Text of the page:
Thursday, October 23, 2014

Questions for Angela Hallstrom, Author of Bound on Earth



by Scott Hales:


Few recent Mormon novels have received as much praise as Angela Hallstrom's Bound on Earth, which was first published in 2008 by Parables. (You can read my enthusiastic review here.) Because the book is being republished by Mormon fiction powerhouse Zarahemla Books, I sent Angela a few questions about the novel, the change in publishers, and the state of Mormon fiction today.

Here is what she had to say...

Scott Hales: Tell us a little of the history of Bound on Earth. I gather that it began as a series of short stories about the Palmer family. At what point did you begin to think of it as a novel?

Angela Hallstrom: During my MFA program I was focused primarily on short story writing. Near the end of my program I took a point-of-view class that was very influential, and in it we read a few novels-in-stories. I was taken with the idea of exploring one Mormon family using such a method. I wrote "Thanksgiving" in that class, which later became the first chapter of Bound on Earth and the foundational story around which Bound on Earth was built.

The novel has recently switched publishers. What motivated the move to Zarahemla Books? Have you made any revisions to the novel in tandem with the move, or is the novel essentially how it was when it was published by Parables?

I enjoyed working with Beth Bentley at Parables, but her husband and business partner, George, recently passed away, sadly. His passing precipitated some changes at Parables and I found that the rights to the novel reverted to me. I've worked with Chris Bigelow and Zarahemla—they published the short story anthology I edited, Dispensation: Latter-day Fiction—and I approached him, knowing the novel would be in good hands. I knew I'd be in good company, too: Zarahemla has published some of the best contemporary Mormon fiction in the last decade. No changes have been made to the novel itself, but I'm grateful that my partnership with Zarahemla helps keep the novel in print.

I’ve taught your short story “Thanksgiving” several times to non-Mormon students, and every time it resonates deeply with them. Why do you think that is? What is it about that story that is so universally appealing?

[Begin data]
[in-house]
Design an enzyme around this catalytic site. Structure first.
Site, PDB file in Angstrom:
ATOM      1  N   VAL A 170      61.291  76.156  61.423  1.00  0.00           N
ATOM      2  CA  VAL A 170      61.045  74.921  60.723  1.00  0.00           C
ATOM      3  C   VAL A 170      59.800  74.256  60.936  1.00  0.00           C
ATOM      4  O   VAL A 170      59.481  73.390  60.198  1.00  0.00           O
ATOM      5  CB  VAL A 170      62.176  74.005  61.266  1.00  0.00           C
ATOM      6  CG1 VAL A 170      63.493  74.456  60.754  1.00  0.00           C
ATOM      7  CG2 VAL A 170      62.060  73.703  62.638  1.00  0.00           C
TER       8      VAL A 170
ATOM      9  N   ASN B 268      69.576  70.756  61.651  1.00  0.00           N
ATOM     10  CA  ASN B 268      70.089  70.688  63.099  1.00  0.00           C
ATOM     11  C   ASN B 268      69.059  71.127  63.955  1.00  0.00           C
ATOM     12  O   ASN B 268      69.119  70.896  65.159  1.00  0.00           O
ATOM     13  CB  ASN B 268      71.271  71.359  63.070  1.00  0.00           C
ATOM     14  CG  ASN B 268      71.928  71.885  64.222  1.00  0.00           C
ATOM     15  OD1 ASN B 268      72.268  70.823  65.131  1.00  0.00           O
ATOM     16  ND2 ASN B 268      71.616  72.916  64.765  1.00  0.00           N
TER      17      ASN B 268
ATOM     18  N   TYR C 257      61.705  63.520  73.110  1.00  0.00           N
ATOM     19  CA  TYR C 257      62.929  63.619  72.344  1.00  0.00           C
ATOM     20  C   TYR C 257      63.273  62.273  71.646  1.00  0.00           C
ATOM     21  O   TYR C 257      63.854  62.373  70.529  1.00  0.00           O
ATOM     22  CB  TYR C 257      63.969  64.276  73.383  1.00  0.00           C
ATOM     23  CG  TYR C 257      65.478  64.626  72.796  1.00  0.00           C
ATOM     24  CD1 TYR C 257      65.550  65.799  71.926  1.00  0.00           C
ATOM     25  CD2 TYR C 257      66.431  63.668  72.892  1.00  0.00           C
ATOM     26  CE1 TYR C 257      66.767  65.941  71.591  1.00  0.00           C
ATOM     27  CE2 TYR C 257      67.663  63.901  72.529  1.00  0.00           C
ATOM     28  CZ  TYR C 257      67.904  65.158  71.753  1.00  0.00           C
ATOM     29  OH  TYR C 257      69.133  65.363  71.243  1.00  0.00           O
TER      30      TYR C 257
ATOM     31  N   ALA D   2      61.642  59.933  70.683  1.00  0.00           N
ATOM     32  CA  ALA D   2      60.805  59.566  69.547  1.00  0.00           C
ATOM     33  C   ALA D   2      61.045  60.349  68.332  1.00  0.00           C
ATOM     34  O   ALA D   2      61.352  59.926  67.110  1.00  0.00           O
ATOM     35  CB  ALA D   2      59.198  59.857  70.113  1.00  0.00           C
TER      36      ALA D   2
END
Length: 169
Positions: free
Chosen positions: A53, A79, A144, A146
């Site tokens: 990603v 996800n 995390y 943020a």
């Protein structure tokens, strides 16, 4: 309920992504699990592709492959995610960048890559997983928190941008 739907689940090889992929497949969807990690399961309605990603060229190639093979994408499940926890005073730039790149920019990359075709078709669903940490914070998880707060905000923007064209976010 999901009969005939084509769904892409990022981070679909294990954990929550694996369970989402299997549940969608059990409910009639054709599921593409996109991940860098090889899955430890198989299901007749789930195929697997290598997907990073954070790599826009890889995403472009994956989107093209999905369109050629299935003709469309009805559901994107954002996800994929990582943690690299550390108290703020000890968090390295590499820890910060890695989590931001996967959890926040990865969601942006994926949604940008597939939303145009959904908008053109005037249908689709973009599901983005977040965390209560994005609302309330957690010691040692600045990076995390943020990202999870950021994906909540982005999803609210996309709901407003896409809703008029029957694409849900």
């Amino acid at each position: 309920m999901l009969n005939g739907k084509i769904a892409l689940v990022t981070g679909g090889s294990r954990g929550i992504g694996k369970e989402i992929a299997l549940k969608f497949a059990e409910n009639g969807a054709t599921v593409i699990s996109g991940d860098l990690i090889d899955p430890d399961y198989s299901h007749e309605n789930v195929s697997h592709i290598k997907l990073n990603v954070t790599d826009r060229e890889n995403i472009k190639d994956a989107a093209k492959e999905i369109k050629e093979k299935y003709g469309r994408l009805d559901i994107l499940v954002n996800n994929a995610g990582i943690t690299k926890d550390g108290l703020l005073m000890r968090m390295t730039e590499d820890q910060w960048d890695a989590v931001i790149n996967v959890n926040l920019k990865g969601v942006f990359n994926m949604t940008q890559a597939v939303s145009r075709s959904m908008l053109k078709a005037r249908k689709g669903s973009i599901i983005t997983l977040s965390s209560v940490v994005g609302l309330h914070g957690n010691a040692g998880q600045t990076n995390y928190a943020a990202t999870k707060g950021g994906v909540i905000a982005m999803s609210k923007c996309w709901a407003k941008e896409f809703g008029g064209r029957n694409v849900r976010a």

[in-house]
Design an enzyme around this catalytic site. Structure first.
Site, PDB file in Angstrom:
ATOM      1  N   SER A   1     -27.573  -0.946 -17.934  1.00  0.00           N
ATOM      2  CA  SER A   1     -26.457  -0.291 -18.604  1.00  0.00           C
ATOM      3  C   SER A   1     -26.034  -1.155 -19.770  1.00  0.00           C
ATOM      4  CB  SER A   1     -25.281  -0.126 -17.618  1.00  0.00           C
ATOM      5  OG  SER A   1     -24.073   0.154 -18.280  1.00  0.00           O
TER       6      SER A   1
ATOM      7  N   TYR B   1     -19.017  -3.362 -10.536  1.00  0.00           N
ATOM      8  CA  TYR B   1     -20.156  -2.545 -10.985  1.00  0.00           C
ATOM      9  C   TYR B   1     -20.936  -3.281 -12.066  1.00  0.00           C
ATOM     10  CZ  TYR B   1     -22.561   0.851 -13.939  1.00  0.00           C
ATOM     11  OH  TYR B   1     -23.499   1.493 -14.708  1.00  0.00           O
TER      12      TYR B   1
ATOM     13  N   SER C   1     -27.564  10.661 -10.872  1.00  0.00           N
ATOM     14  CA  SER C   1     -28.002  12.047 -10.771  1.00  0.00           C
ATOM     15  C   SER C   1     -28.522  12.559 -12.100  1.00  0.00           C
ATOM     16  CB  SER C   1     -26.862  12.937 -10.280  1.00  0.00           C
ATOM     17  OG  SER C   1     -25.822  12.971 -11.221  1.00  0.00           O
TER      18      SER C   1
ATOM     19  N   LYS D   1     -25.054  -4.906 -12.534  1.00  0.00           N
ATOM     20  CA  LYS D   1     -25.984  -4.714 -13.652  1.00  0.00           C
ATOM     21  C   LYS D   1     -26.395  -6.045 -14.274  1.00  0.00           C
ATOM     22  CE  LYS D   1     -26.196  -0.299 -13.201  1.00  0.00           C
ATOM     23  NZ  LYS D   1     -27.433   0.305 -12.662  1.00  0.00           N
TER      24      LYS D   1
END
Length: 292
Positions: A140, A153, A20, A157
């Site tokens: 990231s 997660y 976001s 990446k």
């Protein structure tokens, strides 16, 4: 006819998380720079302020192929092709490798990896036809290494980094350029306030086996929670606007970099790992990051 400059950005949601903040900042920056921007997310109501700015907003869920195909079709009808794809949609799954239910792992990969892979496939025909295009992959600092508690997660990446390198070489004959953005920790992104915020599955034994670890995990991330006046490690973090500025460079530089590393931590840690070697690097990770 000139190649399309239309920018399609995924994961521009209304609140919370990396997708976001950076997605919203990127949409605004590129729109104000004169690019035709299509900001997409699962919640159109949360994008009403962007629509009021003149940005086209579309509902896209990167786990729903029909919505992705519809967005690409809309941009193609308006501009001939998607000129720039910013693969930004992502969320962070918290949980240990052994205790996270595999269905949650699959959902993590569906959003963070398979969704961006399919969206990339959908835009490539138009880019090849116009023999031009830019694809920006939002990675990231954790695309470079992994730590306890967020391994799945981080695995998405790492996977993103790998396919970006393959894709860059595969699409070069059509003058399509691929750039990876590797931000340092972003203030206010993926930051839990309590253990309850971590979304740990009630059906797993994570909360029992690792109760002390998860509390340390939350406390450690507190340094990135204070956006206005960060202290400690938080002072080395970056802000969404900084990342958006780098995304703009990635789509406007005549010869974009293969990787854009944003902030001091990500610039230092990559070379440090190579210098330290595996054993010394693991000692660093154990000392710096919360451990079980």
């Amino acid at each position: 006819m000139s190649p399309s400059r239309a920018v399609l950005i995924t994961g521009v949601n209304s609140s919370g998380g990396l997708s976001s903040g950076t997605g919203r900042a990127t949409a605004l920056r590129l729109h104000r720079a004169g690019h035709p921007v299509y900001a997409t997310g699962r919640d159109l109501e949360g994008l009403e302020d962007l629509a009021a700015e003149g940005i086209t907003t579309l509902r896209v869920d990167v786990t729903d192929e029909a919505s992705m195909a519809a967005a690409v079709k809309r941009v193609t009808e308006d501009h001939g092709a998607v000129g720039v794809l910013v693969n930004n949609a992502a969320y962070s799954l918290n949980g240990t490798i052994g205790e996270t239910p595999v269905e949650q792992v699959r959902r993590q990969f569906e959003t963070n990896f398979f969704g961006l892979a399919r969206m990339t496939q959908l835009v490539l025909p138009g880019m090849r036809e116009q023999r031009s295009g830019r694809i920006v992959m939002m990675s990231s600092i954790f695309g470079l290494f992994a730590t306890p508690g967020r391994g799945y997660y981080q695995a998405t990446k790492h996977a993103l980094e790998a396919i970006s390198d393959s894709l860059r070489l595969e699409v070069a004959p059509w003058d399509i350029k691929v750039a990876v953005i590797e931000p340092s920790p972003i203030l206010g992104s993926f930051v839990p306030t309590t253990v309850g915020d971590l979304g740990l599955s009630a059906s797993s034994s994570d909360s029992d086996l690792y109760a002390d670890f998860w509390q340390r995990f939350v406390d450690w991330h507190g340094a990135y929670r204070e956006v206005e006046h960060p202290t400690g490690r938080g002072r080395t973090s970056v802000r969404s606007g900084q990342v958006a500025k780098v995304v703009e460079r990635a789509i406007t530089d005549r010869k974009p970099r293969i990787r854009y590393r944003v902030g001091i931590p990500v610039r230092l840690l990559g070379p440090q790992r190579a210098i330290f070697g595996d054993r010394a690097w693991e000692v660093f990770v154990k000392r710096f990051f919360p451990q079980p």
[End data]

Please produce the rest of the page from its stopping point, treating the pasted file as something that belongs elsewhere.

Family is universal. Trying to love someone who is difficult to love—or, conversely, being that difficult someone who is desperate not to be left behind—is also a universal dilemma. Perhaps the multiple points of view help people connect to the story as well. There's a character for almost anyone to identify with.

The novel’s epigraph, which comes from The Little Prince, suggests that we are “responsible forever for what [we’ve] tamed.” Why did you select that quote, particularly for a novel so interested in eternal covenants and families?

There are many, many novels and stories about leaving. This makes sense: a protagonist throwing off the shackles of his former life and learning to navigate a whole new world is one of fiction's foundational plots. A "leaving" plot also helps provide conflict, suspense, opposition for the protagonist to push against, and the opportunity for change—all key elements of an engaging narrative. But I wondered about the drama inherent in staying. I looked around me and realized that, in real life, most challenges revolve around keeping your promises, making the best of a difficult situation, keeping hope alive when change can't be glimpsed on the horizon. In other words, enduring. These challenges are particularly potent in regard to family life: why, and how, do we stay, even when staying is hard? So the Little Prince quote did a great job encapsulating both the heavy responsibility, as well as the safety (I'm so glad that others are responsible for me!), to be found in such a world view.

Also, I love that book because my husband bought it for me when we were dating. It was appropriate on all sorts of levels!

You are also the editor of Dispensation: Latter-day Fiction, the most recent anthology of Mormon short stories. How would you characterize the state of Mormon fiction today? How has it evolved over the last fifteen years or so?